Okay, here I am. The fourth day of My Novel Writing Month. I take a deep breath, trying to remember why I wanted to write, why I needed to.
Several years ago, when I couldn’t find the books I liked anymore — story and character driven novels that can’t be slotted easily into a genre — I decided to write my own. The one obvious flaw to this reasoning is that if publishers weren’t publishing non-genre novels written in a genre style (as opposed to a “literary” style), then how did I expect them to publish my books? But I did. And they didn’t. When I’d written (and rewritten) four novels, adding another didn’t seem compelling. Four unpublished novels were bad enough, but five seemed . . . pathetic.
Now that two of those novels are about to be published by a small press with looser definitions of genre than the multi-national publishers, I am down to two unpublished books. And all of a sudden, that seems too few. So now I have the need to write, and I have the itch, but I am out of the habit.
That’s what MyNoWriMo is supposed to give me — not the 50,000 words necessary to complete NaNoWriMo, but the habit of writing.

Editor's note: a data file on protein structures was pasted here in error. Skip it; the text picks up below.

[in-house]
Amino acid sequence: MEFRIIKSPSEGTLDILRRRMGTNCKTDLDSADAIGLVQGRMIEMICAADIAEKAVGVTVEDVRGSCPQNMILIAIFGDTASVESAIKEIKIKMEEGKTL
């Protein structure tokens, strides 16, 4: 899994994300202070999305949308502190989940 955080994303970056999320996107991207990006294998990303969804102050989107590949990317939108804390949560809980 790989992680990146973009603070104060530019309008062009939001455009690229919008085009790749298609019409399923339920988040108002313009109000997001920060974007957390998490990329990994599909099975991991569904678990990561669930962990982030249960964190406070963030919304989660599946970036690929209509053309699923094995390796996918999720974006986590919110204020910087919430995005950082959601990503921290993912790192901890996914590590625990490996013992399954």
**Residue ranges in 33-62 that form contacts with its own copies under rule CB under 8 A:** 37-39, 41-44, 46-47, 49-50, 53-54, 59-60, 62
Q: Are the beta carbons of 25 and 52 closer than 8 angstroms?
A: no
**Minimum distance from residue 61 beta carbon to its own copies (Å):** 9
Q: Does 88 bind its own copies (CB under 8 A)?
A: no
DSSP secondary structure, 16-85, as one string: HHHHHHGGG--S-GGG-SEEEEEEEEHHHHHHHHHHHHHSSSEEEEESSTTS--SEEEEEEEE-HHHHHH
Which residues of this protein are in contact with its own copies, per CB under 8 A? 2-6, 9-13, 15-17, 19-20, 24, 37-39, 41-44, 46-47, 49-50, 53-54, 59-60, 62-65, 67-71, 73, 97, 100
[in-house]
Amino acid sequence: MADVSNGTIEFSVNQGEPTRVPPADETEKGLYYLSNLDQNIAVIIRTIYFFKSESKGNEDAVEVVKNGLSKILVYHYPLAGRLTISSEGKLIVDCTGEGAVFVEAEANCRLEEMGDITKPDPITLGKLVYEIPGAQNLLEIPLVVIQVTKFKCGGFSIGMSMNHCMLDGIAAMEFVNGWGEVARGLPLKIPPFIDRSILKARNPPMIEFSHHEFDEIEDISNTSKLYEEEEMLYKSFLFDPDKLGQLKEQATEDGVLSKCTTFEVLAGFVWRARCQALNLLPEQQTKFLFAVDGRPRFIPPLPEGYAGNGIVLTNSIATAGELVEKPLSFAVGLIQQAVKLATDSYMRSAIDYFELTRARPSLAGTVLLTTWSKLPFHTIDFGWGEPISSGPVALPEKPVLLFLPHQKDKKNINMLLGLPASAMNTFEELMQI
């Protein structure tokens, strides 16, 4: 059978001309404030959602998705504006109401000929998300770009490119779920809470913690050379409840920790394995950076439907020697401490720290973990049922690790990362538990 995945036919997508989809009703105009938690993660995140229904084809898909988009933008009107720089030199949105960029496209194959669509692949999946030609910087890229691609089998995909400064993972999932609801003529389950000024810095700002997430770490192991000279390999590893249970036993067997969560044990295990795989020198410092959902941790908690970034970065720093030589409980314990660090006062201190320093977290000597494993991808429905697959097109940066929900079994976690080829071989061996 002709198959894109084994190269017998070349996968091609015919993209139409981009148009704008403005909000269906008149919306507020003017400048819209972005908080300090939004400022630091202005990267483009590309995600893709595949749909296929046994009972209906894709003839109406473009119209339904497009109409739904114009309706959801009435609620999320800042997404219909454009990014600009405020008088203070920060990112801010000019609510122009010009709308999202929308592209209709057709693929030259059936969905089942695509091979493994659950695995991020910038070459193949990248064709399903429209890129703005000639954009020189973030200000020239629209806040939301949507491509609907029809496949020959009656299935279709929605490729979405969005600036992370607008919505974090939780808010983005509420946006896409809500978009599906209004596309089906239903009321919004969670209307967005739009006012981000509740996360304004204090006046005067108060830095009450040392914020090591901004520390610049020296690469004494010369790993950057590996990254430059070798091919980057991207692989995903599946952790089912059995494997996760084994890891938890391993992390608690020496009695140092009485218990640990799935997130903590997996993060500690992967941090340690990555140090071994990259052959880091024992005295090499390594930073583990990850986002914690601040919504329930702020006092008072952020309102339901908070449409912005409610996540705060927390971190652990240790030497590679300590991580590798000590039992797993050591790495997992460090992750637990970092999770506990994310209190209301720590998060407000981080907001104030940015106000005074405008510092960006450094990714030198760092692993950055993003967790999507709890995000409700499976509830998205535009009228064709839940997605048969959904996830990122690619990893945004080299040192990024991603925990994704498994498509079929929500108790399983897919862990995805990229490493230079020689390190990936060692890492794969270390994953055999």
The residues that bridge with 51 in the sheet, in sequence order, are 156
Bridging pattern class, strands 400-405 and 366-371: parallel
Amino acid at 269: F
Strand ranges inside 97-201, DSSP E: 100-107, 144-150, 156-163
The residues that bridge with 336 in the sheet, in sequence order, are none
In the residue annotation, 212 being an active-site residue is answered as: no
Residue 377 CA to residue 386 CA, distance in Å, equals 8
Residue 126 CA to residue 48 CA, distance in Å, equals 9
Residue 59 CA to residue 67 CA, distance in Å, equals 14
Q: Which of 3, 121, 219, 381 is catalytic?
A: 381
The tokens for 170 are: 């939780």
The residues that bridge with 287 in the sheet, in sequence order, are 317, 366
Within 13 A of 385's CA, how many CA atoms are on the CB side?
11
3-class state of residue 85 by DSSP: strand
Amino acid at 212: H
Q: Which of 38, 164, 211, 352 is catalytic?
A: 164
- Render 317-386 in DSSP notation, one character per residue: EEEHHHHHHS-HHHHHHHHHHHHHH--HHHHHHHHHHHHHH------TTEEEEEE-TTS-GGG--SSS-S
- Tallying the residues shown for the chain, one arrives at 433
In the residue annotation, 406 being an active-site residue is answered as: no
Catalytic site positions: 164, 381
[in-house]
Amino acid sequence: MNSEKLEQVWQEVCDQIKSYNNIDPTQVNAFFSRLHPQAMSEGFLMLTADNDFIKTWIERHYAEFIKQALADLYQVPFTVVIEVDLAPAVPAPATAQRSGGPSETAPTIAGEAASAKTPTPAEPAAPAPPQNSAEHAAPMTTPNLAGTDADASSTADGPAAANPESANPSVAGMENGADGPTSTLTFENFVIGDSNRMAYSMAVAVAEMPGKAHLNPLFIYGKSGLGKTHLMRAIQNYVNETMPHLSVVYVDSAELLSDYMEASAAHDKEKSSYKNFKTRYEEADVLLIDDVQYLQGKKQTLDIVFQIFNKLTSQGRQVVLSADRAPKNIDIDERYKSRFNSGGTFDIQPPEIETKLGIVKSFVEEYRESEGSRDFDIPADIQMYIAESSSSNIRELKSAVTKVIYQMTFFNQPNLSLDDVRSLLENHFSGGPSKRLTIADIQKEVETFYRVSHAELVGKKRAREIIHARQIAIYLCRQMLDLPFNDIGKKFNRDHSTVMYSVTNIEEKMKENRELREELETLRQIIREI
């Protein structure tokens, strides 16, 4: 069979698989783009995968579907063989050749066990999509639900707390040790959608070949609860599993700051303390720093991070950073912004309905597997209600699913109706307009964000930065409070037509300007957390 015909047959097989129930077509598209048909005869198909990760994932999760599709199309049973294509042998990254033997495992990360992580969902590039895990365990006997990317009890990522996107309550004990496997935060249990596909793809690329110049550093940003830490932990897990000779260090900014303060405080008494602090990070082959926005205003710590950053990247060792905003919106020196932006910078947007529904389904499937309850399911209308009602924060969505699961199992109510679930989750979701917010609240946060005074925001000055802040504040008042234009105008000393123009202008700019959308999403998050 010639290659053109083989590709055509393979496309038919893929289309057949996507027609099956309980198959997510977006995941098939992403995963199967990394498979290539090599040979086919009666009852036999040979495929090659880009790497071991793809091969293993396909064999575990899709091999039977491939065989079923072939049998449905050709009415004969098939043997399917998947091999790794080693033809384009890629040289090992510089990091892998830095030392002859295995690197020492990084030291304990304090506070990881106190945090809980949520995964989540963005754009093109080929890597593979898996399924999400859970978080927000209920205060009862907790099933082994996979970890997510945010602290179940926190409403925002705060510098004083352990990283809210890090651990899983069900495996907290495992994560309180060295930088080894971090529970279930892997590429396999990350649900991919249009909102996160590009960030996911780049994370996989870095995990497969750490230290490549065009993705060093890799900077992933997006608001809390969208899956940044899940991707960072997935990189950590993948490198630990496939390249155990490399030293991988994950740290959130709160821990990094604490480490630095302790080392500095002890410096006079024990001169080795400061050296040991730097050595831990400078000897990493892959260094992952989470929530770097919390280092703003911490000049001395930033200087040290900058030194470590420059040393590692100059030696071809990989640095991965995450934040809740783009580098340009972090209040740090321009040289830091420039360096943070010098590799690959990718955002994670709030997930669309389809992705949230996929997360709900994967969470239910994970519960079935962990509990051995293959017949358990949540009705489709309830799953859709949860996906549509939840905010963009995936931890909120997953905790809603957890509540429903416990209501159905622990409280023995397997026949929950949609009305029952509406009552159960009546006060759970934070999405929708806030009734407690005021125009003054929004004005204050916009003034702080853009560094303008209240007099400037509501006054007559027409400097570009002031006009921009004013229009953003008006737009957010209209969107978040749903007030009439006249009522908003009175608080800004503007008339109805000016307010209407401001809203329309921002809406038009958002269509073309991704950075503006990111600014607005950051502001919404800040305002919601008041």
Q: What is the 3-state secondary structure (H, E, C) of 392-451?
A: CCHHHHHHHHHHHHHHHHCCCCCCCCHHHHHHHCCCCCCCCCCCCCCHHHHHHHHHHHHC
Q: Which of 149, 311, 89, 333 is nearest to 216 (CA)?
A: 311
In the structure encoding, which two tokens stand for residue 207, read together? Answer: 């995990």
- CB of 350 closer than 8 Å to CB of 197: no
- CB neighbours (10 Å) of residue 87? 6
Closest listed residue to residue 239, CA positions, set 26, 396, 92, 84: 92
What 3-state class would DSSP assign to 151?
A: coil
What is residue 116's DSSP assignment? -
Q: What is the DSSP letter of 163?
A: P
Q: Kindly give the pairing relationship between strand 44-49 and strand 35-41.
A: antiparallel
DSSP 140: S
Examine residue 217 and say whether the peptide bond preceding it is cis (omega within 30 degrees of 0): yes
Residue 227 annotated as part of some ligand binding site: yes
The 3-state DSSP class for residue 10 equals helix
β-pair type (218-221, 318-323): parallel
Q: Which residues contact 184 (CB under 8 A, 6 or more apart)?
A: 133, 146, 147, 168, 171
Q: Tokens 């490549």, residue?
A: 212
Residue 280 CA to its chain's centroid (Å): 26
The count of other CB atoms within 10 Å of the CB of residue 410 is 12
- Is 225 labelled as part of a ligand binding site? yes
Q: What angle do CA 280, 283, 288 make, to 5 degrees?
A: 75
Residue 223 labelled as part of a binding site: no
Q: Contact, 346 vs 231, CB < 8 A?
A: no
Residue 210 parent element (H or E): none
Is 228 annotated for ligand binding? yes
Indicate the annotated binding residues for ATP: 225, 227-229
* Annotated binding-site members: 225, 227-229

So here I sit, waiting for the words to come, and they do. But not the right ones.
I’m supposed to be getting my hero back to his neighborhood (after finally letting him stop running from the volcano), yet here I am, writing about writing rather than writing. Though I suppose it depends on one’s definition of writing, because technically, I am writing. Or am I blogging? Either way, I am not working on my novel.
So, I got the poor guy away from the volcano, let him drink his fill at an hour-old river, let him indulge in a bit of light-headed musing (after all, it’s been months since I fed the poor guy), and now he’s on his way home.
The shadows are lengthening, and in this strange new apocalyptic world, anything can happen . . .